- Israel hits symbols of Hamas rule; scores killed
- Mississippi abortion law can’t be enforced
- Teacher who survived Sandy Hook has book deal
- Jury awards Jesse Ventura $1.8M in case vs. ‘American Sniper’ author Chris Kyle
- Government OKs Arab-owned company to operate U.S. cargo port
- Defense lawyer: McDonnell’s wife had ‘crush’ on CEO
- Chinese hackers stole ‘huge quantities’ of sensitive data on Israel’s Iron Dome
- House unveils bill to speed deportations of illegal immigrant children
- Californians protest middle school for hiring white man to teach cultural studies
- Killer’s sentencing overturned because mother couldn’t find seat in courtroom
Where Are They Now?: Obama Girl
Question of the Day
The Race for the White House produces two things: lots of attack ads and unwitting overnight celebrities. Think Sister Souljah. Joe the Plumber. Clint Eastwood's empty chair. The little boy who spelled "potato" without an "e," only to have Vice President Dan Quayle helpfully "correct" him. With election season again upon us, The Washington Times continues its series remembering some of our favorite campaign one-hit wonders and asking: Where are they now?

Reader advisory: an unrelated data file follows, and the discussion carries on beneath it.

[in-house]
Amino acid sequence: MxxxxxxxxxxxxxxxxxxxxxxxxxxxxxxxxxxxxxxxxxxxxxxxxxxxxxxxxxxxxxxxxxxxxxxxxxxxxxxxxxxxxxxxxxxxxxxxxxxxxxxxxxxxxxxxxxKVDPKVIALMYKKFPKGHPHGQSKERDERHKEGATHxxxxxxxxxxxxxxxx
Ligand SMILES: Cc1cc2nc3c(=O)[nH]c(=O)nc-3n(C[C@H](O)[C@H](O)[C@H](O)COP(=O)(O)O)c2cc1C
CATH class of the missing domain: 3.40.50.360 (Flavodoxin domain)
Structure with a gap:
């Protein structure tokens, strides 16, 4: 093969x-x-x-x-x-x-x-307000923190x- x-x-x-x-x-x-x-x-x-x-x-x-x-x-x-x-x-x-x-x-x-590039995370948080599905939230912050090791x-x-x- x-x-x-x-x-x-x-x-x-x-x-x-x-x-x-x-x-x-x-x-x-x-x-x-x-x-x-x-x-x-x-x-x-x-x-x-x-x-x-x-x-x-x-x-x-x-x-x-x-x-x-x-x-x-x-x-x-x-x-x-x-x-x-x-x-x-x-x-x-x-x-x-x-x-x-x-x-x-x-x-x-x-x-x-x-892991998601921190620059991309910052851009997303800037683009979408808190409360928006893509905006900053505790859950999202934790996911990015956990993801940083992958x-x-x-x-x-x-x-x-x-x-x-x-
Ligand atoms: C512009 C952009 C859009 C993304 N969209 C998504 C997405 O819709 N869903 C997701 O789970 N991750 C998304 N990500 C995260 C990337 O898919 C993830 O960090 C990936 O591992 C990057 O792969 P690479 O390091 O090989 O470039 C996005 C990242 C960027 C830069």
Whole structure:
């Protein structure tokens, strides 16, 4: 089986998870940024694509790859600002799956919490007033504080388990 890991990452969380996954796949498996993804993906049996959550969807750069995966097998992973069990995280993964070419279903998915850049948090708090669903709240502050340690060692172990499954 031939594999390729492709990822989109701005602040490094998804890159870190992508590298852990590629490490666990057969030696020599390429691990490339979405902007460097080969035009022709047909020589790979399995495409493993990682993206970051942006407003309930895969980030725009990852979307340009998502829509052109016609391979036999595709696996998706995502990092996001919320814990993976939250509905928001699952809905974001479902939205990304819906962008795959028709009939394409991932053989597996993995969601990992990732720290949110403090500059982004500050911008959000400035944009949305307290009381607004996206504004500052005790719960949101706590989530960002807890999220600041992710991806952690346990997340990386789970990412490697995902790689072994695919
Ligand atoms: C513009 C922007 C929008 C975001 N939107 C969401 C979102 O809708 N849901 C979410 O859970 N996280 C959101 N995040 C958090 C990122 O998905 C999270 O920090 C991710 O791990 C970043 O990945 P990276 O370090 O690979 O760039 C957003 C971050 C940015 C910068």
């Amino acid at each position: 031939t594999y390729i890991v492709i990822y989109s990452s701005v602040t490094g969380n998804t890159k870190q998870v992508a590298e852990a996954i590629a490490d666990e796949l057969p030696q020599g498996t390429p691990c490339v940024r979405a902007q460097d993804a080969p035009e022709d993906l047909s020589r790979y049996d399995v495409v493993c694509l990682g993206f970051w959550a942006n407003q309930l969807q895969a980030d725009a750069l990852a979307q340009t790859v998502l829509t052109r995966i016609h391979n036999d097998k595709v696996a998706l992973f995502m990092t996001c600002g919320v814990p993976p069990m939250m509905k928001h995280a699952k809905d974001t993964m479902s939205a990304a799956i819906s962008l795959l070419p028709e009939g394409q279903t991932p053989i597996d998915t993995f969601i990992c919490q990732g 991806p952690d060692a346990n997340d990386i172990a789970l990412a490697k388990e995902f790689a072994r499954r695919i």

Then: Model and actress Amber Lee Ettinger became a national sensation when her 2007 YouTube video "Crush on Obama" tallied nearly 25 million hits, eventually landing the 29-year-old New Yorker on "Saturday Night Live."
Now: Miss Ettinger reportedly has moved to California, where she is taking acting classes. As for her feelings about President Obama? In a February interview with Politico, Miss Ettinger fretted that the Obama Girl tag might be "stuck" on her forever, confessed that Ron Paul supporters had asked her to switch candidates and said she wasn't sure who she was going to vote for in November.
Fun facts: Despite prodding from Fox News host Sean Hannity, Miss Ettinger refused to say during a June interview that Mr. Obama "has failed"; in the same month, she released another video imploring Mr. Obama to "step up, 'cause I need that man, if my old crush on you was true/'Cause across the land … all our hearts were bet on you."
Quotable: The New York Times wrote that the original video "probably had more to do with shaping Obama's complicated public image — young and exciting but maybe a bit shallow — than any Internet appeal devised by the candidate's own aides."
© Copyright 2014 The Washington Times, LLC. Click here for reprint permission.
About the Author
Patrick Hruby is an award-winning journalist who holds degrees from Georgetown and Northwestern. He also contributes to ESPN.com and The Atlantic Online, and his work has been featured in The Best American Sports Writing. Follow him on Twitter (@patrick_hruby) and contact him at PatrickHruby.net.
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